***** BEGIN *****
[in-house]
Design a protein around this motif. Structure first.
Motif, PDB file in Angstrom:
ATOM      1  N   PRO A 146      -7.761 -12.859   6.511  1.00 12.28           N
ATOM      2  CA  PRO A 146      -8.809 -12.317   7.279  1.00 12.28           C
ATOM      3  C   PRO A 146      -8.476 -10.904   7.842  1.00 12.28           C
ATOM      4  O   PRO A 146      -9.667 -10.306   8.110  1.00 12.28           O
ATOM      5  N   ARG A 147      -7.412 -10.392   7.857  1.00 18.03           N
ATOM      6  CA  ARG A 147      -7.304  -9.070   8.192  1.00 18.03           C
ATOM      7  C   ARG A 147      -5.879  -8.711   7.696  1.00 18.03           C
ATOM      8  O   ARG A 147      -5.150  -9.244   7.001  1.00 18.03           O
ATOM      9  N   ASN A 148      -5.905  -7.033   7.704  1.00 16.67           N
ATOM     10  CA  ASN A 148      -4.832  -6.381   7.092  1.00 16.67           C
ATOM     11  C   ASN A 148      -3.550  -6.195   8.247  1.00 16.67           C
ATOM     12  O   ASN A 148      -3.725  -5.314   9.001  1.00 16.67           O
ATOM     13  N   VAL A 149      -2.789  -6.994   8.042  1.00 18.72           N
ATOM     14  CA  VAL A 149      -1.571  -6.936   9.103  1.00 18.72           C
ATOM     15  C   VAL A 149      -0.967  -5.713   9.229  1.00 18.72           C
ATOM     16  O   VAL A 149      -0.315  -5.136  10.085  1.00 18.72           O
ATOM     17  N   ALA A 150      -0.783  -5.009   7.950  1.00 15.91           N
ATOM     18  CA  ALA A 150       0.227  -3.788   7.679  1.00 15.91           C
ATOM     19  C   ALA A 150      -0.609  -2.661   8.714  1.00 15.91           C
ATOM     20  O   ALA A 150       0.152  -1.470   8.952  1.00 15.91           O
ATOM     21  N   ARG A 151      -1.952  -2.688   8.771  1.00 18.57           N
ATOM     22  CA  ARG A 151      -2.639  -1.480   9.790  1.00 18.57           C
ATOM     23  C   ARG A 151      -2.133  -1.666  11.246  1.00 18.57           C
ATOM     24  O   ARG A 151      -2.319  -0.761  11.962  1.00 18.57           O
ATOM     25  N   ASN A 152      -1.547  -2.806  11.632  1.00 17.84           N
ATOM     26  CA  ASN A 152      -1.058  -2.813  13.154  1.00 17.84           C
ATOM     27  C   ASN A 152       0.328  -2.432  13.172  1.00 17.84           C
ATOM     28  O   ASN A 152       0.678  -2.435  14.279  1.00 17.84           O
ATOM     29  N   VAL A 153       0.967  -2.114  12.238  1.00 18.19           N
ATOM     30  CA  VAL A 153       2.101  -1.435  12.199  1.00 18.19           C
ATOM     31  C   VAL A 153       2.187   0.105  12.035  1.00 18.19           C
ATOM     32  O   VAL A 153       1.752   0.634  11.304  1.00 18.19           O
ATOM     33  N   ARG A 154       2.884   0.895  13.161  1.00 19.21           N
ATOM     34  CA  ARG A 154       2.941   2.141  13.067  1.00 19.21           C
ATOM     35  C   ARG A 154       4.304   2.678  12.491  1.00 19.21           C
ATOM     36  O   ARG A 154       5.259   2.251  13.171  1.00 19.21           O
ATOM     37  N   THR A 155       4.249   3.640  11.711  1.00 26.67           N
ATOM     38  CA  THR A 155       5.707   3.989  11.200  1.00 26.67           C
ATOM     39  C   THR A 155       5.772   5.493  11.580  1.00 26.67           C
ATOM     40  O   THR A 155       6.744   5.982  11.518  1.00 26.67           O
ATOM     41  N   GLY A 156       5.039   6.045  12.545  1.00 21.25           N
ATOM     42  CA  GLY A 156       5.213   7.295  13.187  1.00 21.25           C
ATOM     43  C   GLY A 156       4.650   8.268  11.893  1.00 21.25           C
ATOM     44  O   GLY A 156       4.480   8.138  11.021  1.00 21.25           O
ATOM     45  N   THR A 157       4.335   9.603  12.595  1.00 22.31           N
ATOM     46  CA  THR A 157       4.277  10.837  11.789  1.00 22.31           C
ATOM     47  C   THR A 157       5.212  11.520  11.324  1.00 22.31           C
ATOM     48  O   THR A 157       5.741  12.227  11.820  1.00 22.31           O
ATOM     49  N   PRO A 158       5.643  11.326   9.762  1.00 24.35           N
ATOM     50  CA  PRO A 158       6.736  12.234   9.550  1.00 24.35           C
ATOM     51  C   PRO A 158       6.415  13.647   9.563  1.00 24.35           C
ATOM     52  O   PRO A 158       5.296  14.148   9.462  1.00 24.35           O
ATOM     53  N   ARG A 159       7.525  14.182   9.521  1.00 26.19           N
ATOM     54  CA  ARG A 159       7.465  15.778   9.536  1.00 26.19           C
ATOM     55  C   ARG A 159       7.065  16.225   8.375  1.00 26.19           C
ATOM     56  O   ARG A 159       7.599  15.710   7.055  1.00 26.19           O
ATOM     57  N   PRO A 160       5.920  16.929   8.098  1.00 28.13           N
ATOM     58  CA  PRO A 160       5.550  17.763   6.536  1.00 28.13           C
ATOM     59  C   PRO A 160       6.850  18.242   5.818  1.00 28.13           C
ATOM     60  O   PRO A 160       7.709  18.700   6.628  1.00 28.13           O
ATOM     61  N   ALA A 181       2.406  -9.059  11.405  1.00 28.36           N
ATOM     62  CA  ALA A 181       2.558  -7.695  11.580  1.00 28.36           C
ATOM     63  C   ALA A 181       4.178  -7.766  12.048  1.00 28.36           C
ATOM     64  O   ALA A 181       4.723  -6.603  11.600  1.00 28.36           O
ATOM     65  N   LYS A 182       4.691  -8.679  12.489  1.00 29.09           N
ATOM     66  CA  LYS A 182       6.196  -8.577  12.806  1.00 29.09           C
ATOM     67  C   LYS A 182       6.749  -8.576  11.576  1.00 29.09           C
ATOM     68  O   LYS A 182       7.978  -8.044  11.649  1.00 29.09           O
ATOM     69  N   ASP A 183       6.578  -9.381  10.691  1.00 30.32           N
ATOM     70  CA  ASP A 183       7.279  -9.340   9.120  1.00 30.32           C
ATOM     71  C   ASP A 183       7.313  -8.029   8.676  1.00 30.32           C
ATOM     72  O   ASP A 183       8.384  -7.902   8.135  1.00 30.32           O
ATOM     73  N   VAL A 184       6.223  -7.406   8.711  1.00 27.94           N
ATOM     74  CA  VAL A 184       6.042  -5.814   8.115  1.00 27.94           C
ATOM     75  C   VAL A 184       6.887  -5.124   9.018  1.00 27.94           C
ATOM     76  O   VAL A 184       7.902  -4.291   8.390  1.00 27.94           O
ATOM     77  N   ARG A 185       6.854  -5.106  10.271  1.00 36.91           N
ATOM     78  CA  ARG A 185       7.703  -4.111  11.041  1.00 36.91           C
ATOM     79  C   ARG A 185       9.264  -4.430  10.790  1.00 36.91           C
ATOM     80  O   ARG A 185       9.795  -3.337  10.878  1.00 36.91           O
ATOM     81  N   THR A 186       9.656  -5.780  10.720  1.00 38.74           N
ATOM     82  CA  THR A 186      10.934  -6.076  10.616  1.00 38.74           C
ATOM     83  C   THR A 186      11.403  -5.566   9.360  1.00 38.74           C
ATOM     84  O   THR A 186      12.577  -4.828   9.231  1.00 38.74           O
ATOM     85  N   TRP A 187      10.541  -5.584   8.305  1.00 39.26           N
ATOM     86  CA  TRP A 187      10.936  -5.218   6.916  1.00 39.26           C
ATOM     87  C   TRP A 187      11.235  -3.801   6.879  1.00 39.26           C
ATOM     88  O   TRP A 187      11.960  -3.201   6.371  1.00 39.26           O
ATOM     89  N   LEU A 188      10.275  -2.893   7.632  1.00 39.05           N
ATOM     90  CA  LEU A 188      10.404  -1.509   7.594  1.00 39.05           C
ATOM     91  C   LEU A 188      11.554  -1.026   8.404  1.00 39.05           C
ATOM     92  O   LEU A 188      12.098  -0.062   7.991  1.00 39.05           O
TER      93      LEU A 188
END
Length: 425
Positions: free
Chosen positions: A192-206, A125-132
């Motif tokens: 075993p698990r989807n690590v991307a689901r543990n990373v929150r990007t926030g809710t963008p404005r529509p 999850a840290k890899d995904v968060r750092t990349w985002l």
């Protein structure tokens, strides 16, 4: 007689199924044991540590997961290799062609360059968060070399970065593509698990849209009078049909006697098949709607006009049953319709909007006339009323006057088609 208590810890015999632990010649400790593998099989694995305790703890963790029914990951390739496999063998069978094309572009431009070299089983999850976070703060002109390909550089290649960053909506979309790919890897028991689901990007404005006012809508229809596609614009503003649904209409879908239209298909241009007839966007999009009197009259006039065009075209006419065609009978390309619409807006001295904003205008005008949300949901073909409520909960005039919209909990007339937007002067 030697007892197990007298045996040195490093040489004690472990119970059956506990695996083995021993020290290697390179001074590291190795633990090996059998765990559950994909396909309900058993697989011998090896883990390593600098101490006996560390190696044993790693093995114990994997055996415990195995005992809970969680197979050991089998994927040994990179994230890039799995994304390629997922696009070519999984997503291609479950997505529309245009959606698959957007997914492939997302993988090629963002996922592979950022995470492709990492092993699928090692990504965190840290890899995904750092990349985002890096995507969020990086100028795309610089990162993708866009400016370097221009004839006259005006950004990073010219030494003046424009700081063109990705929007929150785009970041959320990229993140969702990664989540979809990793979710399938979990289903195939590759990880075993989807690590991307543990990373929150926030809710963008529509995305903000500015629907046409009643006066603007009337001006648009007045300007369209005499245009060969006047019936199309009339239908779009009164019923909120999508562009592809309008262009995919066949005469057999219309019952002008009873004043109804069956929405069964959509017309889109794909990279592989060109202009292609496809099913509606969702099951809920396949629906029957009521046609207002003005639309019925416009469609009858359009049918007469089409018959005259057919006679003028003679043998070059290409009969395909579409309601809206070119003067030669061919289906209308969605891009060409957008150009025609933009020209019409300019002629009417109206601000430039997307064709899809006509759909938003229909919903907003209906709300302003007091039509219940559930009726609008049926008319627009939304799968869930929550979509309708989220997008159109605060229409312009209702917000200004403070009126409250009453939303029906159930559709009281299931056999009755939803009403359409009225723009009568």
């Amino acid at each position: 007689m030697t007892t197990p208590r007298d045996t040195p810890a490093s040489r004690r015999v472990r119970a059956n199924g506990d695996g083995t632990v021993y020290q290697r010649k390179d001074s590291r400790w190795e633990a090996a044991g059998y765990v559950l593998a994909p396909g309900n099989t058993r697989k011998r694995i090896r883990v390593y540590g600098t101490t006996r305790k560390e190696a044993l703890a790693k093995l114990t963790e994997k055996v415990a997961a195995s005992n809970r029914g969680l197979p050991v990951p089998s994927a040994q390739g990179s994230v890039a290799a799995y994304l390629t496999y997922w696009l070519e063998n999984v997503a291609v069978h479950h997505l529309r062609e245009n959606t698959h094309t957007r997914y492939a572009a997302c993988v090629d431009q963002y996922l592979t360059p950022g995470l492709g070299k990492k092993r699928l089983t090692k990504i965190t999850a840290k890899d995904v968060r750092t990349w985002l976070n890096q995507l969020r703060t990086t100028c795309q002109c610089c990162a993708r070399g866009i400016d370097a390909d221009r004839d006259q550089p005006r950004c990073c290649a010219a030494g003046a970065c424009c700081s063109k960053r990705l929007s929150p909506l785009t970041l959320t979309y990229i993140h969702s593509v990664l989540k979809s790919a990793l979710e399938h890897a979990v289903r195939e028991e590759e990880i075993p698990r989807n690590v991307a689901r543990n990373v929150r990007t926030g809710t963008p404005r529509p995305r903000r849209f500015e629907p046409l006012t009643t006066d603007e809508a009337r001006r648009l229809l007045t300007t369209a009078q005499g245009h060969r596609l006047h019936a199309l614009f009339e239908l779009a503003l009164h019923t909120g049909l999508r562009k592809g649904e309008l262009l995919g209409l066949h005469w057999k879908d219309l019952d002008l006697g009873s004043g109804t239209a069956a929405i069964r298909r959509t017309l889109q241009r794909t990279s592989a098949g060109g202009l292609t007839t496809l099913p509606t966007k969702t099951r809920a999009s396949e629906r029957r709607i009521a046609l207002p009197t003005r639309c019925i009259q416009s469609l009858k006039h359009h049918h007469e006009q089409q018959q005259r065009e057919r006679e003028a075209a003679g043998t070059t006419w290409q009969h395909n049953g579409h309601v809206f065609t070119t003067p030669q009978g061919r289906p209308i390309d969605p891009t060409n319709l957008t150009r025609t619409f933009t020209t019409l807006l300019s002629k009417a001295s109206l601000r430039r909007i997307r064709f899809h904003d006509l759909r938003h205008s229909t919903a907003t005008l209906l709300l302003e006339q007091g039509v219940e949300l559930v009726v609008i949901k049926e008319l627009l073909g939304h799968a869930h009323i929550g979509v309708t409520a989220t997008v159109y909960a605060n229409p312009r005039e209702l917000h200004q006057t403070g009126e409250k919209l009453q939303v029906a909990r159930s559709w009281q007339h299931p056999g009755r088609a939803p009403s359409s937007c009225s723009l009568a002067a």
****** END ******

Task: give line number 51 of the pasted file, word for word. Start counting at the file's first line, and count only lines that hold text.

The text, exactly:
ATOM     48  O   THR A 157       5.741  12.227  11.820  1.00 22.31           O